Tuesday, August 24, 2010

Old Coulée de Serrant: Thoughts on a Friend's Birth Year Wine

To celebrate a good friend's birthday, the other night we shared a bottle of wine from his birth year, the 1973 Château de la Roche-aux-Moines Clos de la Coulée de Serrant. This wine was made by Nicolas Joly's mother Denise - for a succinct history of the vineyard take a look at the Wine Doctor's profile.

We decanted this wine and drank it slowly over the course of the evening. A wine like this provides pleasure on many levels. There are obviously the sensory pleasures of smelling and drinking the wine, but there is perhaps even greater pleasure in doing so in the company of another person, particularly one who knows and loves wine as much as Peter does.

The wines of Nicholas Joly are quite controversial and I have absolutely no desire to engage in that debate. I've had very good bottles, and not so good bottles, and I've not had enough examples of Coulée de Serrant to say anything. Drinking this particular wine provoked some interesting conversation (I was part of it, so grain of salt necessary) and I want to share some of the issues we discussed.

--This isn't a Nicolas Joly wine. It was not made using biodynamic farming principles, and I have no idea what Denise Joly did in her cellars. Peter suspects, actually, that this wine is was made under what were standard practices - pesticides galore in the vineyards, who knows what in the cellars.

--Coulée de Serrant is one of France's and the world's greatest terroirs. It is the apex of Savennières, and some would say, of the potential of the Chenin Blanc grape (although many Huet lovers would argue for Vouvray).

--The wines of Savennières and of Coulée de Serrant are made differently now. The wine we drank does not list the alcohol level on the label - that law wasn't yet in existence. But it felt to us that it was 12%, maybe 12.5%. Joly's wines from the same terroir are higher in alcohol now, and I do not know of a Savennières producer whose wines are routinely under 14% in alcohol.

--Is it a drive for phenological ripeness in Savennières that fueled this uptick in alcohol? Is it the changing climate? Even Damien Laureau, currently my favorite producer in Savennières, who in fact has a plot of vines that are adjacent to the Coulée de Serrant, his wines are 14%. Is this a stylistic preference or a climatic necessity?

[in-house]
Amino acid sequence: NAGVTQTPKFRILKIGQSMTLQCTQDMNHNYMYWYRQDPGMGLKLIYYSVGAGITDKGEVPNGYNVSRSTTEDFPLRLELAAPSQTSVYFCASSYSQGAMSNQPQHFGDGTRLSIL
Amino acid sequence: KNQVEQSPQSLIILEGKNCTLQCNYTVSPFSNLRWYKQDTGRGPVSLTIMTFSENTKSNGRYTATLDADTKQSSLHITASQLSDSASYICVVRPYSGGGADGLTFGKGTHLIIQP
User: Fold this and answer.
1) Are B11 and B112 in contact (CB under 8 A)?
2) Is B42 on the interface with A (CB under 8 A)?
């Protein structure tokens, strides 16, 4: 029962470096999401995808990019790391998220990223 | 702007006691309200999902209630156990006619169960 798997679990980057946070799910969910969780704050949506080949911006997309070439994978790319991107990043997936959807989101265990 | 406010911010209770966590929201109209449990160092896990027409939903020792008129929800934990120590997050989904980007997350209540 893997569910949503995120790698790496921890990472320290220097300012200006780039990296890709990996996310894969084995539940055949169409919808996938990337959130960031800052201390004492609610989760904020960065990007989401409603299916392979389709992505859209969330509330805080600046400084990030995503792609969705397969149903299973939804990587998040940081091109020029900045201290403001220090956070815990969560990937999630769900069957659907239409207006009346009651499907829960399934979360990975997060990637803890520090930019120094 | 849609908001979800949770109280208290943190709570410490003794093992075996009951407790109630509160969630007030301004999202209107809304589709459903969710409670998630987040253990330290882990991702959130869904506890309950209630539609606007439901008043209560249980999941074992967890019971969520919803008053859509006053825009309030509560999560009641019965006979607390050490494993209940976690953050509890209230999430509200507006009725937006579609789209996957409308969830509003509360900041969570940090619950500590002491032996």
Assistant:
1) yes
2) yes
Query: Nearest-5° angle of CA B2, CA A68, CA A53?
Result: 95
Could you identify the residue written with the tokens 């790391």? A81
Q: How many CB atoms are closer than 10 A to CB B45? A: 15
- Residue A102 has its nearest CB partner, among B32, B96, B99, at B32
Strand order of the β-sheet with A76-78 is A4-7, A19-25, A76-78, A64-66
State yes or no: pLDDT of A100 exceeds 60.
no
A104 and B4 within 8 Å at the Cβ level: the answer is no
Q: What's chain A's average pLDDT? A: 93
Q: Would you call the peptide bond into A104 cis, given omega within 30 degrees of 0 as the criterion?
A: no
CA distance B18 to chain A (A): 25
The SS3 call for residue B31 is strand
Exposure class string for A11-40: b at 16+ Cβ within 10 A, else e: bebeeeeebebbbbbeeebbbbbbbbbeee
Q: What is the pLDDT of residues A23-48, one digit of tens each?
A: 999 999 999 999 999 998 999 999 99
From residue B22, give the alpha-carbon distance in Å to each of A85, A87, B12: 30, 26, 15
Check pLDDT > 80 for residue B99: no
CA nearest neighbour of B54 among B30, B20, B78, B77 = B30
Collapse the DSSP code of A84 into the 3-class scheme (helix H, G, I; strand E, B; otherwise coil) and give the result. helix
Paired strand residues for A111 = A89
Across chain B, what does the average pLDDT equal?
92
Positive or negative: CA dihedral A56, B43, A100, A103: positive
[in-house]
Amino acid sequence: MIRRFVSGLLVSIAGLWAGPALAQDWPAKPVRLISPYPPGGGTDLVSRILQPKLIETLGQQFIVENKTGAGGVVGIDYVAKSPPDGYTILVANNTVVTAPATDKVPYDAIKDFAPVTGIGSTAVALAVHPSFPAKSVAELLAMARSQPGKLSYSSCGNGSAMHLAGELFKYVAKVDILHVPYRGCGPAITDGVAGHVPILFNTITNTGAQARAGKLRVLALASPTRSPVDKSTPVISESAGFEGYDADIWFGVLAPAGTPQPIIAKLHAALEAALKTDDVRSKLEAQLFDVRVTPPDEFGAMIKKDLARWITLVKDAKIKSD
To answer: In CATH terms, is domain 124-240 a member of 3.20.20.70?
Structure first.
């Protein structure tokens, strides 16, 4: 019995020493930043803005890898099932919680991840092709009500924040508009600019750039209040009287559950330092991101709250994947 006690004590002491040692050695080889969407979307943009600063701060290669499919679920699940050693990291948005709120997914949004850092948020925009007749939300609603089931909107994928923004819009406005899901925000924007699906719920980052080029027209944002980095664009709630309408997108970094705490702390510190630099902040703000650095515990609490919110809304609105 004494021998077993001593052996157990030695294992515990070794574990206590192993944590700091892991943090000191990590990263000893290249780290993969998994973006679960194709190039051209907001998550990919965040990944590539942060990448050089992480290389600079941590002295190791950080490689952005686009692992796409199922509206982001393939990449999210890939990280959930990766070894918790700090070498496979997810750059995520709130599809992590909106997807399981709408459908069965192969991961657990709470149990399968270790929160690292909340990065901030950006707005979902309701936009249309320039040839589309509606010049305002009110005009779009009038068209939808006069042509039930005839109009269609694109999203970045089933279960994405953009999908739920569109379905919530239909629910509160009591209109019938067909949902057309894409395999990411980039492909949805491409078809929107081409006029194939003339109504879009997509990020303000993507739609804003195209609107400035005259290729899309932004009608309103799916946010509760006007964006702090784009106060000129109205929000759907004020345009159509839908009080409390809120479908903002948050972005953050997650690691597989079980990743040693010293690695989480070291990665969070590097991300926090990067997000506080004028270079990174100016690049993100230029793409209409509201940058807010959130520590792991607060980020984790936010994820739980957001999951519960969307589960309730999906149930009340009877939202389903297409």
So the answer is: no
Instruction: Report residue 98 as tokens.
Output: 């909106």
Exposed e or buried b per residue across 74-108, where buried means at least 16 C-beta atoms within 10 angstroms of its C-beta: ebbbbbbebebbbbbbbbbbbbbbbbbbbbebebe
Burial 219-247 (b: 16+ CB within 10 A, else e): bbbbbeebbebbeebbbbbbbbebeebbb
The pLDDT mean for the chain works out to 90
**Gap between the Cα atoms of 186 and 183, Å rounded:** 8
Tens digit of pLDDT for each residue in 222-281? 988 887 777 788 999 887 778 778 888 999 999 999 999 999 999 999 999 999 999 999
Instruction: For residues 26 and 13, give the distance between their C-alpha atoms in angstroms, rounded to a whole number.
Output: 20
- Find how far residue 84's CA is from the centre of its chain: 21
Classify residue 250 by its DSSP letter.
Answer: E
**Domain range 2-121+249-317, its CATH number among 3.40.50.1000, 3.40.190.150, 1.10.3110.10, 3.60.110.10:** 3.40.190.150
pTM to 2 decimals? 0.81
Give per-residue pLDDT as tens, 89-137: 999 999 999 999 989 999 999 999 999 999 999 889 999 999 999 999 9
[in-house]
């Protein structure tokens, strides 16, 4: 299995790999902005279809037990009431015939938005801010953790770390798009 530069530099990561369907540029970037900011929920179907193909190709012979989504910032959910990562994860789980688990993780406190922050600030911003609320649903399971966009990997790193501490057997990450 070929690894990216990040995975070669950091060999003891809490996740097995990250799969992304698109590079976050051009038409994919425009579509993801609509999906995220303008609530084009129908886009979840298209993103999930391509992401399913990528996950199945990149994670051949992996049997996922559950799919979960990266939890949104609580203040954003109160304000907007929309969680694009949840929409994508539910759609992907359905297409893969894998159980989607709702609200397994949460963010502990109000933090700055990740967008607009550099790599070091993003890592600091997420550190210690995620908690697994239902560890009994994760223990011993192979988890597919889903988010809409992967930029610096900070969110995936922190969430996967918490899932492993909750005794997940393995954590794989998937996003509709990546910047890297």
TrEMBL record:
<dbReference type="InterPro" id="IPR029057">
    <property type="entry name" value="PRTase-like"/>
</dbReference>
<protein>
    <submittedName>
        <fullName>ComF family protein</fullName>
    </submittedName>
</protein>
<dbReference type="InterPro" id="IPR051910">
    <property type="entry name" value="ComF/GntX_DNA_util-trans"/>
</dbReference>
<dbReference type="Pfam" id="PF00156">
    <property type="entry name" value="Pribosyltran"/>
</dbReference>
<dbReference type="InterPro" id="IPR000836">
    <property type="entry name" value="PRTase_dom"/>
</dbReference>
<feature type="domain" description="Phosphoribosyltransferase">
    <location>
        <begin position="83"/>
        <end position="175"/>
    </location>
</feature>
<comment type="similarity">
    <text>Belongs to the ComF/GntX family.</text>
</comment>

--If it is stylistic, it would be a shame that everyone in Savennières bought into the notion that bigger and more powerful is better. And obviously I'm not limiting that to Savennières...

--What happened to quality in Savennières? That is a rhetorical question. As recently as 5 years ago I loved wines made by Closel and others. I've had nothing other than Laureau's wines in recent years that I like. And as good as Laureau's wines are, they require more thought than other wines regarding pairing with food. Why have the great wines of Savennières become not as great?

--Will these higher alcohol wines be as long lived as the leaner wines from the '70s and '80s?

--The wine we drank was amazing, one of the greatest white wines that I have ever had. It was a distilled rendition of the rocks and soil of Coulée de Serrant. It had nothing whatsoever to do with fruit - there could not have been any less fruit in this wine. 0% fruit. It was pure mineral with amazing intensity and focus, driving throughout and after the finish. And with nothing extraneous, only the vital components present - lean and muscular. Shocking to me too was the vibrancy - this wine is 37 years old and it had great energy and vitality.